The results of early studies on colour vision in dogs led to the conclusion that chromatic cues are unimportant for dogs during their normal activities. Nevertheless, the canine retina possesses two cone types which provide at least the potential for colour vision. Recently, experiments controlling for the brightness information in visual stimuli demonstrated that dogs have the ability to perform chromatic discrimination. Here, we show that for eight previously untrained dogs colour proved to be more informative than brightness when choosing between visual stimuli differing both in brightness and chromaticity. Although brightness could have been used by the dogs in our experiments (unlike previous studies), it was not. Our results demonstrate that under natural photopic lighting conditions colour information may be predominant even for animals that possess only two spectral types of cone photoreceptors.
As in most mammals, the canine retina contains rod photoreceptors responsible for scotopic vision at low light levels, and cone photoreceptors responsible for the photopic (bright light) vision. Cones make a minor fraction of photoreceptors , with the highest packing density in the central portion of the retina, where their fraction comprises 20% of all photoreceptors . The cones are represented by two spectral types: short- and long-wavelength-sensitive cones with maximum sensitivity of approximately 429 and 555 nm, respectively .
The existence of the two cone types provides the potential for two-dimensional colour perception that can be used by dogs in object recognition. However, it is not obvious whether this mechanism of visual information processing actually takes place and to what extent . One could expect that colour recognition might not be essential for canids as they are active not only during the day, but also at dusk and during the night. In low light levels, only rods are active and thus dogs have to do without any chromatic information. Moreover, even in daylight it could be difficult for dichromatic animals to recognize visual objects by their surface colour under changing lighting conditions. As follows from theoretical considerations, low-dimensional colour vision exhibits a high degree of colour metamerism, thwarting colour constancy under changes in the spectral composition of the illuminant [4–6]. This apparently makes the assumption of the significance of colour recognition in dogs (and in dichromatic mammals in general) even less feasible.
When training animals to discriminate and recognize visual stimuli according to their colour, it is common to eliminate brightness as an additional cue that could be used by the animals when making their choice . In order to make brightness of coloured stimuli an unreliable cue, the stimuli are either equalized in their brightness or the brightness is varied during the training [3,8]. The first method relies on assumptions (often groundless or completely incorrect) about the animal's luminous efficiency function (i.e. the spectral sensitivity function, which determines the brightness of the stimuli as seen by the animal) [9–11]. The second method is not only labour- and time-consuming; its main shortcoming is that animals are actually trained that brightness is an unreliable cue, even though they could use it when discriminating the stimuli. Although in more recent behavioural studies the ability to discriminate coloured visual stimuli was demonstrated in the dog [3,8], it is still not clear whether colour cues can be more informative for dogs than achromatic cues when discriminating and recognizing visual objects.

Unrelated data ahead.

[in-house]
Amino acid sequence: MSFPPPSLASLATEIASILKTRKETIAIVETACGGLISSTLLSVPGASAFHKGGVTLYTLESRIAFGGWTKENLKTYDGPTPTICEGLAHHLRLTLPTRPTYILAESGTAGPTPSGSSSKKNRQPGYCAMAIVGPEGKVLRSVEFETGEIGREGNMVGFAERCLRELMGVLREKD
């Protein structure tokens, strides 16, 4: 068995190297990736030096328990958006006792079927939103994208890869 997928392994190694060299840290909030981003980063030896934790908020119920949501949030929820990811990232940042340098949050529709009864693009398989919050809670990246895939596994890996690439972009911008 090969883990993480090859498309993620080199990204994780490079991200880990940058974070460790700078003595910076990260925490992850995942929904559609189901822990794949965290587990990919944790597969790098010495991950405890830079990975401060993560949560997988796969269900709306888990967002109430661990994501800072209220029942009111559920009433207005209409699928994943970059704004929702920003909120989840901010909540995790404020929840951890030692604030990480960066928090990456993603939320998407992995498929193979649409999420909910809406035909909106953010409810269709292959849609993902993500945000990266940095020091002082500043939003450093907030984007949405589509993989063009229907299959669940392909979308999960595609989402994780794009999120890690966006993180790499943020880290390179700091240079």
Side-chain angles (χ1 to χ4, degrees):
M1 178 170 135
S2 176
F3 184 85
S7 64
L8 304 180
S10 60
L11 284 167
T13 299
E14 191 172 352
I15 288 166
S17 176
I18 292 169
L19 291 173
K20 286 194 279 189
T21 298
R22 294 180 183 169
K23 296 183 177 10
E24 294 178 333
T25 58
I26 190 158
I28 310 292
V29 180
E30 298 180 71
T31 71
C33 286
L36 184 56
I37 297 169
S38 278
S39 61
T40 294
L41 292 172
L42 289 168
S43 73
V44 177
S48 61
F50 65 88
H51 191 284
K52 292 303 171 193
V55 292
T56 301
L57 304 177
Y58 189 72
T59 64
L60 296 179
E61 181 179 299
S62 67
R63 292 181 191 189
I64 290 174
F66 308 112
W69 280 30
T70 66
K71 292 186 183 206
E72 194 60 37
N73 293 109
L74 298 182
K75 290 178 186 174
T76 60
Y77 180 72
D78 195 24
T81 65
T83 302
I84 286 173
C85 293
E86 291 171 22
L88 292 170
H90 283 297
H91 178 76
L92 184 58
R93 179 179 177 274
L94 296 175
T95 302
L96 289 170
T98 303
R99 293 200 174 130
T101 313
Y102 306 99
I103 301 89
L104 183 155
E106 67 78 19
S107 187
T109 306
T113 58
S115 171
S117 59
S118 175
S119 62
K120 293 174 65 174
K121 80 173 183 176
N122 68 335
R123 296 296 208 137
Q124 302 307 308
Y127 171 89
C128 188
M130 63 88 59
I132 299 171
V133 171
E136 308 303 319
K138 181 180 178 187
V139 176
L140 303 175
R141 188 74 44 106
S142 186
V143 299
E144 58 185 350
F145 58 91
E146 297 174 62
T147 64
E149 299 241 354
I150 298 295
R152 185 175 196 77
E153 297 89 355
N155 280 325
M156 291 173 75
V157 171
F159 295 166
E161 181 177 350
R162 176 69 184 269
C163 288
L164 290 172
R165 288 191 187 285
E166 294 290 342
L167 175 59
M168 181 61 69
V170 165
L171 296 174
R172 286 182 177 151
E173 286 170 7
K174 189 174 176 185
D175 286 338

Unlike previous studies, we intentionally used visual stimuli that could be discriminated by the dogs according to both their brightness and chromaticity. The animals' preference for either of those cues was ascertained in the tests that followed the training. This approach to investigating the ranking of features was first proposed with regard to visual perception in passerine birds [12,13]. A similar method was used more recently for examining the preference between two different behavioural strategies of spatial orientation in fish . According to this approach, animals are first trained to discriminate between a pair of visual stimuli that differ in two features at the same time. In the tests, the combination of the features in the stimuli is reversed, so that each of the testing stimuli has only one of the two characteristics that were initially combined in the positive training stimulus. Thus, according to the test results, it is easy to find out which of the features of the stimuli was used during the training and which, thereby, is more informative for the animals.